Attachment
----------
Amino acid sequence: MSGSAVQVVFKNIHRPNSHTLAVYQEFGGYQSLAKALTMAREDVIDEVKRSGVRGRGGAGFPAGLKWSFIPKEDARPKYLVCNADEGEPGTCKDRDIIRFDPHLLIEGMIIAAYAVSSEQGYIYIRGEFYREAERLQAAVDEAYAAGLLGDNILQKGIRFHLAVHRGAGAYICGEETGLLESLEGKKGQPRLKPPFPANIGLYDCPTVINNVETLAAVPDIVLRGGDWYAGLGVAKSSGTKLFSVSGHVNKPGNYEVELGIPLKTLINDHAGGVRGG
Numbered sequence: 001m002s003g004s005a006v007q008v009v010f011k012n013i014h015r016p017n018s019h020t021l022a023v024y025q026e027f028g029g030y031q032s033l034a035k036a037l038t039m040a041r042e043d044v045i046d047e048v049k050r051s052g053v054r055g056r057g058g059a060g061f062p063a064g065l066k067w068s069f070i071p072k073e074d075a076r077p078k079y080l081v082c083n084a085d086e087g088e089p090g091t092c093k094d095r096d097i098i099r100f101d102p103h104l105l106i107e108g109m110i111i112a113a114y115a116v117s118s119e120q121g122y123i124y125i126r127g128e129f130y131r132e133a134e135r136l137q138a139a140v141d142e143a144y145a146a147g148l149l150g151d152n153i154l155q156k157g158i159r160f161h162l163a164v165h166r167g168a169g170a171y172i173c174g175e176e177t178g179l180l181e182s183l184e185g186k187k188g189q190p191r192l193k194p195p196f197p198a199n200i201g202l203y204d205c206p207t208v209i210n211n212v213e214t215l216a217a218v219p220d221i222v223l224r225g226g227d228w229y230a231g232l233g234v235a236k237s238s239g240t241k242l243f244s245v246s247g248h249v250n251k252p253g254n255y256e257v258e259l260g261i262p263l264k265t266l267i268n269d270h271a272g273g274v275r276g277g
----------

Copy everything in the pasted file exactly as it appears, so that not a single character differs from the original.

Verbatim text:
Amino acid sequence: MSGSAVQVVFKNIHRPNSHTLAVYQEFGGYQSLAKALTMAREDVIDEVKRSGVRGRGGAGFPAGLKWSFIPKEDARPKYLVCNADEGEPGTCKDRDIIRFDPHLLIEGMIIAAYAVSSEQGYIYIRGEFYREAERLQAAVDEAYAAGLLGDNILQKGIRFHLAVHRGAGAYICGEETGLLESLEGKKGQPRLKPPFPANIGLYDCPTVINNVETLAAVPDIVLRGGDWYAGLGVAKSSGTKLFSVSGHVNKPGNYEVELGIPLKTLINDHAGGVRGG
Numbered sequence: 001m002s003g004s005a006v007q008v009v010f011k012n013i014h015r016p017n018s019h020t021l022a023v024y025q026e027f028g029g030y031q032s033l034a035k036a037l038t039m040a041r042e043d044v045i046d047e048v049k050r051s052g053v054r055g056r057g058g059a060g061f062p063a064g065l066k067w068s069f070i071p072k073e074d075a076r077p078k079y080l081v082c083n084a085d086e087g088e089p090g091t092c093k094d095r096d097i098i099r100f101d102p103h104l105l106i107e108g109m110i111i112a113a114y115a116v117s118s119e120q121g122y123i124y125i126r127g128e129f130y131r132e133a134e135r136l137q138a139a140v141d142e143a144y145a146a147g148l149l150g151d152n153i154l155q156k157g158i159r160f161h162l163a164v165h166r167g168a169g170a171y172i173c174g175e176e177t178g179l180l181e182s183l184e185g186k187k188g189q190p191r192l193k194p195p196f197p198a199n200i201g202l203y204d205c206p207t208v209i210n211n212v213e214t215l216a217a218v219p220d221i222v223l224r225g226g227d228w229y230a231g232l233g234v235a236k237s238s239g240t241k242l243f244s245v246s247g248h249v250n251k252p253g254n255y256e257v258e259l260g261i262p263l264k265t266l267i268n269d270h271a272g273g274v275r276g277g